On Wednesday afternoon, U.S. National Economic Director Gary Cohn and Treasury
Secretary Steven Mnuchin, on behalf of the Trump Administration, revealed "core principles"
of the President’s tax reform plan. Many of the proposals were similar to those he made on
the campaign trail, including a cut in the tax rate for businesses to 15%.
Director Cohn and Secretary Mnuchin emphasized throughout the briefing that many details
were still to be negotiated. For an article summarizing the tax proposals made by President
Trump while campaigning—some of which provided a greater level of detail than the
overview today, although these details are obviously nowhere near firm.
For business taxpayers:
...The business tax rate would decrease from 35% to 15% for corporations, and the top tax
rate for pass-through businesses would be reduced from 39.6% to 15%.
...There would be a one-time repatriation tax on offshore earnings. The exact percentage of
the tax rate is still being negotiated.
RIA observation: Previous reports, as well as Trump’s proposal on the campaign
trail, had indicated a 10% tax was being considered.
...There would be a shift from a worldwide system of taxation (under which a U.S. taxpayer is
generally taxed on its worldwide income regardless of where earned) to a territorial system
(under which income would generally be taxed in the country where it is earned).
RIA observation: Noticeably absent from the plan was a border adjustment tax,
which several House Republicans favor as a way to offset revenue losses resulting
from tax cuts.
For individual taxpayers:
...The current seven individual income tax rates would be reduced to three: 10%, 25%, and
35%. Tax brackets (i.e., income levels at which these rates would apply) have not yet been
...The standard deduction would be doubled, with the intended result that fewer taxpayers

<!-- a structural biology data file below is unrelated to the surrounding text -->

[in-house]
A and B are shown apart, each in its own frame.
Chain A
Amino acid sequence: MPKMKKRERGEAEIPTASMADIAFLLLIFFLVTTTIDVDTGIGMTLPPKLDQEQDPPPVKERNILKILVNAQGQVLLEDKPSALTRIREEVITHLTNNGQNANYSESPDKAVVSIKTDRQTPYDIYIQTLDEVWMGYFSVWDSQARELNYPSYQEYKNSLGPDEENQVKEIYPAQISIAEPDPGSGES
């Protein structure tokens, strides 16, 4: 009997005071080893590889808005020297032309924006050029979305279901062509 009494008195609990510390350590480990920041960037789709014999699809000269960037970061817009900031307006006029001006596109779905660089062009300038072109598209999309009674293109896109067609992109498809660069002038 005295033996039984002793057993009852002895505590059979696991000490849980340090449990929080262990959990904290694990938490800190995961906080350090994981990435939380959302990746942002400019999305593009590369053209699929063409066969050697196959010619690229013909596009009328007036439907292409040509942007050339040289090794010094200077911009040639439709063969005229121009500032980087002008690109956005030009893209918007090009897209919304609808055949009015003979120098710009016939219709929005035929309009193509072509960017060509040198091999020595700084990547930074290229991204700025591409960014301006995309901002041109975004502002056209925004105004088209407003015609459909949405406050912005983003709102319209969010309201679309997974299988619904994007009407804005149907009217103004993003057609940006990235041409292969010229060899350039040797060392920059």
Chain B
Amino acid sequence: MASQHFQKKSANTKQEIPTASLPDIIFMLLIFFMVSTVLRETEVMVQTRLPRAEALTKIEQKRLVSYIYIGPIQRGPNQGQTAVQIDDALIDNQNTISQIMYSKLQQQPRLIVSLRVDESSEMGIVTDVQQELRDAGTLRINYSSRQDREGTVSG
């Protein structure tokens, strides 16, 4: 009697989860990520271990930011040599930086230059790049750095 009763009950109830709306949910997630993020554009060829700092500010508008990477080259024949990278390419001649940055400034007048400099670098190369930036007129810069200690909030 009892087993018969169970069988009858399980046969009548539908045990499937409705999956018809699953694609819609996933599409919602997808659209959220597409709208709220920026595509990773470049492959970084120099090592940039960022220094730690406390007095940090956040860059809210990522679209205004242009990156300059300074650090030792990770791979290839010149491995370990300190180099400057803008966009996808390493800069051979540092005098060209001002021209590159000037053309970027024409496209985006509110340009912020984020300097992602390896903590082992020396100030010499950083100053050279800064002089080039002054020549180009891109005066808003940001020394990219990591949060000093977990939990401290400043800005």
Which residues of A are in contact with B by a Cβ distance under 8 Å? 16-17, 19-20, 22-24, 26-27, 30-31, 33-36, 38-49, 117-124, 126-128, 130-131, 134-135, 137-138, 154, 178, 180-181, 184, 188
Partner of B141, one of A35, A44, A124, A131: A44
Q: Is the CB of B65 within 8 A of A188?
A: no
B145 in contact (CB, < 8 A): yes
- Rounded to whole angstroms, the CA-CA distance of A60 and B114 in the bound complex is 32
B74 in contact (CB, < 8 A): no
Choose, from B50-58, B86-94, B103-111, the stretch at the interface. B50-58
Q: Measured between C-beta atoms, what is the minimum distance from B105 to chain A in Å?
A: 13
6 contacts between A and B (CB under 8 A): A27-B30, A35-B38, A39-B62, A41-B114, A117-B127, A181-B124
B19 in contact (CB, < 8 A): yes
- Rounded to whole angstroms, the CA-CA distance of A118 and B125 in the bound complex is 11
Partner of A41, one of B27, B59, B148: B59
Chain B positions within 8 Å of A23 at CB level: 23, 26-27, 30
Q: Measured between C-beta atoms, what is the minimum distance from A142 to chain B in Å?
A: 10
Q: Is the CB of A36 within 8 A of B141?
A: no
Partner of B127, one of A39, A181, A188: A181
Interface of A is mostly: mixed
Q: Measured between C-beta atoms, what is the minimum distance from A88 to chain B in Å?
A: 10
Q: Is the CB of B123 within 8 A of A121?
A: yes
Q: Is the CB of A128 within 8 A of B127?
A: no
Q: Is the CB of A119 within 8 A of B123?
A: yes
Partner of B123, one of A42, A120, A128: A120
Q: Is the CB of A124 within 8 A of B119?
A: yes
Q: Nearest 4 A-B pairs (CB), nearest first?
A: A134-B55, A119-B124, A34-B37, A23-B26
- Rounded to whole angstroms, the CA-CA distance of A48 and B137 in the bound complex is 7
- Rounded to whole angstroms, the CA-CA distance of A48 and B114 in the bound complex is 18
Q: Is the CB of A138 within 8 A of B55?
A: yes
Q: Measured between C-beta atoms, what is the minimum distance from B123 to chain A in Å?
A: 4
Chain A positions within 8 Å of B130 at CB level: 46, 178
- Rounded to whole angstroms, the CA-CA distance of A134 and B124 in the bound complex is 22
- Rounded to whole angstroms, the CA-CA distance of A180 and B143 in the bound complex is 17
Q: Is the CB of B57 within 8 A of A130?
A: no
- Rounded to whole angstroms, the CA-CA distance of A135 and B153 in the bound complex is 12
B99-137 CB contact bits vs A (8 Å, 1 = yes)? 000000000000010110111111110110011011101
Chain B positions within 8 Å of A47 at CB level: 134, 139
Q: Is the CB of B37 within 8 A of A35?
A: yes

...The alternative minimum tax (AMT) would be repealed.
...There would be some sort of tax relief for child and dependent care expenses, although no
specifics were provided.
...The 3.8% net investment income tax (which was enacted as part of the Affordable Care
Act, or Obamacare) would be repealed.
...The estate tax would be repealed.
...Most "tax breaks" would be repealed. Exceptions would be made for certain provisions
involving home ownership, charitable giving, and retirement savings. In taking questions from
the press, Secretary Mnuchin said specifically that the mortgage interest deduction would be
retained, and that the deduction for state and local income taxes would be eliminated.
What about revenue neutrality? The plan did not include any proposals for raising new
revenue to offset that lost by the tax cuts, which, if enacted, could significantly increase the
federal deficit. Secretary Mnuchin has said the cuts will pay for themselves by generating
more economic growth but fiscal hawks, potentially some in Trump’s own Republican Party,
along with Democrats, are certain to question these claims.
Timeframe. Secretary Mnuchin, consistent with recent statements, said that they were
determined to "get this done this year."
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